“In 1870, he moved to Ascension, Chihuahua, Mexico, where he engaged in trade, largely dealing in cattle, horses and other stock. In 1878, with his family, he moved to the San Simon Valley in Arizona. Here he established a ranch and built his fort-like house with adjoining corral, some two or three miles east of the old Butterfield Stage station.

“The house with connecting corral was built for protection. There were four large adobe rooms, two on either side of the driveway. In order to enter the driveway one had to pass through a strong large gate, the only outside opening to the place which was always kept locked with heavy chain and a padlock. Passing between the four rooms, whose only windows and doors opened to the driveway, one entered a large adobe corral where stock was kept. Water was furnished from a well inside the corral.

“The house was built of thick adobe walls, one story high and the flat dirt roof served as a lookout for the ranch. The outer walls being a story and a half high, bulletproof and pierced with portholes. The port holes were wide on the inside and only a little larger than the barrel of a gun on the outside. A man standing on the flat roof with a pair of field glasses could sweep and see the valley up and down for miles and see every man on horseback, every animal, and watch the stage coaches going or coming and no one could approach without being seen.

“This famous old ranch was often visited by many persons among them good, bad and indifferent. Following the custom of the times, all people passing by were invited to dismount, rest their animals and eat. Among the throngs were many outlaws, who stopped at the ranch while passing to and from their hideout some miles north of the ranch. The heavy old gate was unlocked, swung open and welcome to the following outlaws: Joe Hill, Curly Bill, Tom and Frank McLowery, Ike Clanton, Dick Lloyd, Billy Gounds, Zwing Hunt, Milt Hix, Jack McKenzie, John McGeil, Bud Snow and John Ringo.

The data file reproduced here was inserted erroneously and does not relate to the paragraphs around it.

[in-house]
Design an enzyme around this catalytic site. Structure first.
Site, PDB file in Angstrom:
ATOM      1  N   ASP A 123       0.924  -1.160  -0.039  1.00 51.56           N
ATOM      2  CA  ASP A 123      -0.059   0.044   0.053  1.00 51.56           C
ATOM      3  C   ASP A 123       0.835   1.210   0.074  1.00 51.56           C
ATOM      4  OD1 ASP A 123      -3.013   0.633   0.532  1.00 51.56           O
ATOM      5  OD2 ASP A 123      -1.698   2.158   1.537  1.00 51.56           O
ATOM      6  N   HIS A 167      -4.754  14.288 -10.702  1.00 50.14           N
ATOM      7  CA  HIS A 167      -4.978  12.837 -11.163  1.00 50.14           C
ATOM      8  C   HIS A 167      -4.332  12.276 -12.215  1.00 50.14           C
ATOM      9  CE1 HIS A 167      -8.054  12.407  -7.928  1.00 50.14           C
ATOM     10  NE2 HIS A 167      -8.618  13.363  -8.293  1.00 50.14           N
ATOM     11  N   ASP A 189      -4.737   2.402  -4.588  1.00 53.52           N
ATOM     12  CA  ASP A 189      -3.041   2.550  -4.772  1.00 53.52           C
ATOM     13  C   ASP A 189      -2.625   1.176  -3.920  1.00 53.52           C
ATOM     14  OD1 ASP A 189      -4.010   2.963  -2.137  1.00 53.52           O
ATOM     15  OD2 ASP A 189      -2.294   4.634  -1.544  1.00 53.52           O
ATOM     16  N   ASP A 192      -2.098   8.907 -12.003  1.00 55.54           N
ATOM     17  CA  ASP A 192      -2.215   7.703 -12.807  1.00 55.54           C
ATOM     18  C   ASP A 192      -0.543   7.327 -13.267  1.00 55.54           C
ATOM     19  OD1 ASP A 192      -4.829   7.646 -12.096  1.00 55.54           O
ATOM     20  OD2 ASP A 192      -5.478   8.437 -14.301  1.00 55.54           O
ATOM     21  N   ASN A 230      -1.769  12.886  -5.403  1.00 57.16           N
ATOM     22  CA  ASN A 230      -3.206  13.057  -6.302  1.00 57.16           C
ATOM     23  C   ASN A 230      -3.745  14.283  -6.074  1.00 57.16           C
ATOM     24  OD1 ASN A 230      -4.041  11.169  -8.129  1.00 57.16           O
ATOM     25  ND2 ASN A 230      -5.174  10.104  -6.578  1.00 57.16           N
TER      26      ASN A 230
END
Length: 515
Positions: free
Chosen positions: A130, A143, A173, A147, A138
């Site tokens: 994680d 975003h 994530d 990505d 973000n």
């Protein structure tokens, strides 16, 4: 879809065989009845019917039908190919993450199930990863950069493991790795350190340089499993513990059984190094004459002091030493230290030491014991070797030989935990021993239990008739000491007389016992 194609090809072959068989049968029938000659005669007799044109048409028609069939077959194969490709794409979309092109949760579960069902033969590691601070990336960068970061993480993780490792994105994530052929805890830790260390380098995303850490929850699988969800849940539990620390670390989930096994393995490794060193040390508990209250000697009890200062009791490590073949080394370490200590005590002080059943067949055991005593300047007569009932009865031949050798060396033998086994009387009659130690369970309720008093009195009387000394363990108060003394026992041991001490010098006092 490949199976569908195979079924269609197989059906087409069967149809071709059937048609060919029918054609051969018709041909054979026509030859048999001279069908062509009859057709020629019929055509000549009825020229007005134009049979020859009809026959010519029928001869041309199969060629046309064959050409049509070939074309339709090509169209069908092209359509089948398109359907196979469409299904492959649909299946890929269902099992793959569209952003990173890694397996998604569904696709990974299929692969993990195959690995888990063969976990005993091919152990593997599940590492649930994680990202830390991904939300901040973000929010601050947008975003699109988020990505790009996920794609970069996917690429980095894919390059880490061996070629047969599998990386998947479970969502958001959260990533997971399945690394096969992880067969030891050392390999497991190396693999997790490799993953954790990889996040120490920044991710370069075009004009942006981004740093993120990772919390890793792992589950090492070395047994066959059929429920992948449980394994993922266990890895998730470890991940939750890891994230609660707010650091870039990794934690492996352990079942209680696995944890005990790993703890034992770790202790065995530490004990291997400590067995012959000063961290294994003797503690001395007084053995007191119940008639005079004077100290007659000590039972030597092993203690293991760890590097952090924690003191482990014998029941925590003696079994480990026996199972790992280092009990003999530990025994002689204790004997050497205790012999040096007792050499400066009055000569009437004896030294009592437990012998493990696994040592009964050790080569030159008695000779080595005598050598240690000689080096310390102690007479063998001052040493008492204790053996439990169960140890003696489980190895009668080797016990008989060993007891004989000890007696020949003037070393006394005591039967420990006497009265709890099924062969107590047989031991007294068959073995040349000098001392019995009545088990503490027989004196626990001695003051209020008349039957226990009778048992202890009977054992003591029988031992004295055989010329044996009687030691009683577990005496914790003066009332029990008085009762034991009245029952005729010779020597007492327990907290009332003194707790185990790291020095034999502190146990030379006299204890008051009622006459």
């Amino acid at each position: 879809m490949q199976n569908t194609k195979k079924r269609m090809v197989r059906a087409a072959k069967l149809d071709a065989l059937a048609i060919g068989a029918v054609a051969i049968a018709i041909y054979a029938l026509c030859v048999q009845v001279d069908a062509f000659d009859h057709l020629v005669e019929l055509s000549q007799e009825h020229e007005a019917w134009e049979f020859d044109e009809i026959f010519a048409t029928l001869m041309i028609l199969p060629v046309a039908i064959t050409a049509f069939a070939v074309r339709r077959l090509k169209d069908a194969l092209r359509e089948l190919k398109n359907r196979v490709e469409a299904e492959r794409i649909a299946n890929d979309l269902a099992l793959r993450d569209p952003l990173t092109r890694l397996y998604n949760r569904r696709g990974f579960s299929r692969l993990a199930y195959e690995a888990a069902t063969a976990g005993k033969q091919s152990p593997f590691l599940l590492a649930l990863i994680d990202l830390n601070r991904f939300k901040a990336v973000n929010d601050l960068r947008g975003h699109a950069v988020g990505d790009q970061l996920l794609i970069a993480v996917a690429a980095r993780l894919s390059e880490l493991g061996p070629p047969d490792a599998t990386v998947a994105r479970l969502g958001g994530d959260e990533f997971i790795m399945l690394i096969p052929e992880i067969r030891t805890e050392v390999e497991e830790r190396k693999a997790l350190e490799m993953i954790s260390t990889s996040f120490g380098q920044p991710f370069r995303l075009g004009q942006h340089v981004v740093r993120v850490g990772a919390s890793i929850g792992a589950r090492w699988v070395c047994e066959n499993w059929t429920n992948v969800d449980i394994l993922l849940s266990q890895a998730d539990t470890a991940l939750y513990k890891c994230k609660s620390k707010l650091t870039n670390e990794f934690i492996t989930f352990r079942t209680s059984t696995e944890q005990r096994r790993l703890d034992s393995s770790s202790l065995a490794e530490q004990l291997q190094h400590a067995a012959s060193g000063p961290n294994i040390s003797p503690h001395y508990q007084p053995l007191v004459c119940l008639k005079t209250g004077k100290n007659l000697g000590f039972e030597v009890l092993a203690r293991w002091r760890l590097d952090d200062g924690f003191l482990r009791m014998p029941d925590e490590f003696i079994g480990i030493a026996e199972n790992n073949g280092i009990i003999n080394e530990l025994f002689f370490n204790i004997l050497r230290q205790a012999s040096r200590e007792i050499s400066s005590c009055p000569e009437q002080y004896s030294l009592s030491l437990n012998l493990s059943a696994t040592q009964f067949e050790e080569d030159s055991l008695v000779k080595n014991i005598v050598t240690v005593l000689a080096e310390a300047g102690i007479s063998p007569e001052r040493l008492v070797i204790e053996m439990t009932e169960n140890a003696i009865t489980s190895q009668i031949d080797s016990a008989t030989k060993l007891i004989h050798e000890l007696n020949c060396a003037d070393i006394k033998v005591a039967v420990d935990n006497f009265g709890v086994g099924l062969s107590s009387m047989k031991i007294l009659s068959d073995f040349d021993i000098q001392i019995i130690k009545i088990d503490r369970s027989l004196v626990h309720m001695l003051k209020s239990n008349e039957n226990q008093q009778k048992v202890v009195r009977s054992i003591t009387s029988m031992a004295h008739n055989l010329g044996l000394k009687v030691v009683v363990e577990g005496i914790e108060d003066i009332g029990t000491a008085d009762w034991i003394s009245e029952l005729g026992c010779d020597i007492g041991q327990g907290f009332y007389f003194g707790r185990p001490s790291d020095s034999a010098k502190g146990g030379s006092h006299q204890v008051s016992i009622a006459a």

“John Ringo, tall and lean and darkly handsome was a man of silent mystery. He was an honorable outlaw (if there ever was such a person.) He spoke a different language than his associates. It was rumored that he had a college education. At any rate, he had fallen far. Ringo was always ‘courtesy itself’ concerning women. No matter what her station in life was.

“From B.B. Ownby we learned that John Ringo was the only outlaw in this section of New Mexico that came from California. Those that saw the motion picture ‘Stagecoach’ (1939 with John Wayne as Ringo Kid, the outlaw) will remember this character.

“Little Mary Hughes living on this isolated ranch looked forward with pleasure to Ringo’s visits. From him, she learned Bible stories and he told her of lands and people far away. It was he who taught the little lady to read and write.

“In later years, she became the bride of John Robson, superintendent of the Viola mine at Pyramid, which was operating in a large way at that time. Mr. Hughes gave his daughter Mary 100 head of cattle as a wedding present and when the mine closed, the Robsons engaged in the cattle business. Their ranch was the one now owned by Mrs. Fay Clayton, near the present Southern Pacific pump house. The house and improvements are no longer there. Mr. Robson was president of the First National Bank of Lordsburg for many years.